Despite evidence of their herding behavior and optimism bias, equity analysts have been acknowledged for providing the best proxy for future corporate earnings for many decades. Previous studies have documented equity analysts’ superior forecast accuracy compared to statistical models throughout the 1980s and 1990s. The past decades have shown signi cant enhancements in CPU e ciency and computational power, enabling the use of big data and arti cial intelligence. While the use of machine learning has revolutionized areas in the nancial industry ranging from algorithmic trading to risk management and fraud detection, the application of machine learning has not been explored in the context of corporate earnings forecasts. This study leverages state-of-the-art machine learning algorithms to explore the potential of machine learning as a standalone estimator for future corporate earnings per share. By implementing a machine learning algorithm based on accounting gures and stock information we compare the forecast accuracy to those of equity analysts at horizons of one, two, and four quarters to evaluate the applicability of machine learning. We nd that the Catboost algorithm produces more accurate earnings per share forecasts than equity analysts on average across all horizons, which is statistically signi cant on horizons of two and four quarters. In addition, we nd that the Catboost algorithm forecasts are more accurate than equity analysts’ when there is a low analyst coverage and a high forecast dispersion among analysts as well as when the market capitalization is small. The results of this study provide preliminary support for the potential to use machine learning as a standalone estimator for future corporate earnings.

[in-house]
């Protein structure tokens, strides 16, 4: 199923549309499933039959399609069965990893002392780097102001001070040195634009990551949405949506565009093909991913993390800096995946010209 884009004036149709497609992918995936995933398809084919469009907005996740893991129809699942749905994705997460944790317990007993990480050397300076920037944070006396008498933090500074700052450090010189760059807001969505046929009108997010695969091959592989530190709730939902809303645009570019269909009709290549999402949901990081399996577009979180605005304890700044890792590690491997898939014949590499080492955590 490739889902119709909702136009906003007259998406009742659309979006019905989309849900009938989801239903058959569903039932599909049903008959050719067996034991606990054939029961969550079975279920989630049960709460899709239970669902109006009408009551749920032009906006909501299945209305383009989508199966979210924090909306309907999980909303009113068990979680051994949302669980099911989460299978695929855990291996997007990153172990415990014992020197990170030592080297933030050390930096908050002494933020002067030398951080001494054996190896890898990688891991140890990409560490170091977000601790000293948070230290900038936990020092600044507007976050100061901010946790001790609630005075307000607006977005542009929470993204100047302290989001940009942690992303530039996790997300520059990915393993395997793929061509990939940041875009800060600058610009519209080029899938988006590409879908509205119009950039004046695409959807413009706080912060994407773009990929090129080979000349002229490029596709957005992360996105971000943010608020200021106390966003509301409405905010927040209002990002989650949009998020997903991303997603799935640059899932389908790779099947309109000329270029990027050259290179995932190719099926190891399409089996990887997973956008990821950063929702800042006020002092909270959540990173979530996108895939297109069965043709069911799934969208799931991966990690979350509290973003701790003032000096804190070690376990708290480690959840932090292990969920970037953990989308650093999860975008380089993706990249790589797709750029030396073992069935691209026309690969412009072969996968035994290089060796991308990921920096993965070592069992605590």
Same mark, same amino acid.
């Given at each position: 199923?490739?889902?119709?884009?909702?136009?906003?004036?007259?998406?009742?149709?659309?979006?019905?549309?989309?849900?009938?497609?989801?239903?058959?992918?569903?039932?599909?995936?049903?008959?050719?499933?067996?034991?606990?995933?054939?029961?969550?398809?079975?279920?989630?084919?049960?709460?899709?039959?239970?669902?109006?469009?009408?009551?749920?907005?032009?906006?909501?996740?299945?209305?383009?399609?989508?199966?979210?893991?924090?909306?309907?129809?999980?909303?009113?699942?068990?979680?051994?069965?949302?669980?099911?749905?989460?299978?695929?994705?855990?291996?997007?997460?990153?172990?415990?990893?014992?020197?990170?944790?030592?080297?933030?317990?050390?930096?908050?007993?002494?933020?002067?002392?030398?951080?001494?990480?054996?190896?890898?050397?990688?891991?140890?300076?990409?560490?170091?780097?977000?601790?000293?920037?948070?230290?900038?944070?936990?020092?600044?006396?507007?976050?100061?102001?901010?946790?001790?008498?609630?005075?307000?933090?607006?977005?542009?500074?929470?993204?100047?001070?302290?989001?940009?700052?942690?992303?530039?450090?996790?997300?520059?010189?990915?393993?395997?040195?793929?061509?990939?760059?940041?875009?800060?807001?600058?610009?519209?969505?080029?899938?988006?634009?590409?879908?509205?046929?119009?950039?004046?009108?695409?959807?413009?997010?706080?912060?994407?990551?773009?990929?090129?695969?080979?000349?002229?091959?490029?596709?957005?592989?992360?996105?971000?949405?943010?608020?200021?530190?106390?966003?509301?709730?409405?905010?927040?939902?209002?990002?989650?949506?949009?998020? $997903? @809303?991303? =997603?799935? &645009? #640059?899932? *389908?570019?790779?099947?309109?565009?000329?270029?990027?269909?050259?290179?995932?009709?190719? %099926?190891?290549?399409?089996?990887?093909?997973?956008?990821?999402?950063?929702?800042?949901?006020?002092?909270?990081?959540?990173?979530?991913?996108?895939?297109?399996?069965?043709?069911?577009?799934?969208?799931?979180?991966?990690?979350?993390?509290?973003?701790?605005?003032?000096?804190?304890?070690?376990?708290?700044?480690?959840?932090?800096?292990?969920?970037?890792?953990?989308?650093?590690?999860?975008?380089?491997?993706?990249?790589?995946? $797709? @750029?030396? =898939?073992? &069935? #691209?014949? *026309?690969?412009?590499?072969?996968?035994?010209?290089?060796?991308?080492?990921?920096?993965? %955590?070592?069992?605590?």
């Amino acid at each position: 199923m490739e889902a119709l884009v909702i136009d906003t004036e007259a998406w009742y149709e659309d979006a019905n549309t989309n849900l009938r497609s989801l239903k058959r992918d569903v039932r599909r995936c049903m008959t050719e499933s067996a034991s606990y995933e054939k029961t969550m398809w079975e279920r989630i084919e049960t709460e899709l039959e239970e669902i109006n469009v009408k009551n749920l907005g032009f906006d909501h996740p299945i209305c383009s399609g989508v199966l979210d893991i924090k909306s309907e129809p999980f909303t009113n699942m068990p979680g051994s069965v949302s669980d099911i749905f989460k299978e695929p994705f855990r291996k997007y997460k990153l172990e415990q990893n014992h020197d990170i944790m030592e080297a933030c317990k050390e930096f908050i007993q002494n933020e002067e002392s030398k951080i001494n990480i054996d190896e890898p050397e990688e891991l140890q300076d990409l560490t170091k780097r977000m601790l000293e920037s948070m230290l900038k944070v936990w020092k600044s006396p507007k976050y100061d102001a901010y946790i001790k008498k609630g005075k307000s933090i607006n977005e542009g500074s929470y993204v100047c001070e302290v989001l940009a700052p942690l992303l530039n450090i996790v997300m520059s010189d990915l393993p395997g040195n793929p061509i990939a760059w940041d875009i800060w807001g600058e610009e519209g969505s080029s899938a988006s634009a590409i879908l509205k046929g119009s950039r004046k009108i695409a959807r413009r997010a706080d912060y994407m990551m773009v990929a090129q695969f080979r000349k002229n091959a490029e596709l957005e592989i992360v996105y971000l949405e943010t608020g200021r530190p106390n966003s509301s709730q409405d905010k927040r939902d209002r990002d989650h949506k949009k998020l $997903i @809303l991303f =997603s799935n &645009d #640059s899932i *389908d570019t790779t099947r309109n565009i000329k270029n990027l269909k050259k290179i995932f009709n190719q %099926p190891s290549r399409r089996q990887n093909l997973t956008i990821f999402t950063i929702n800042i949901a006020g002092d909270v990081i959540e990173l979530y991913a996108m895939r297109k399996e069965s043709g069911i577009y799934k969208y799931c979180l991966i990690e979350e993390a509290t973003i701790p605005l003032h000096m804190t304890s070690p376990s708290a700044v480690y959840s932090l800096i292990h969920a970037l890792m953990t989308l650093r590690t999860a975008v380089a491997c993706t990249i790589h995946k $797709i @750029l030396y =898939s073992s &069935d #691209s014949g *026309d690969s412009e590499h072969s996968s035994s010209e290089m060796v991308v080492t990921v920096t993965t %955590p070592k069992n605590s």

|Educations||MSc in Finance and Accounting, (Graduate Programme) Final Thesis|
|Number of pages||100|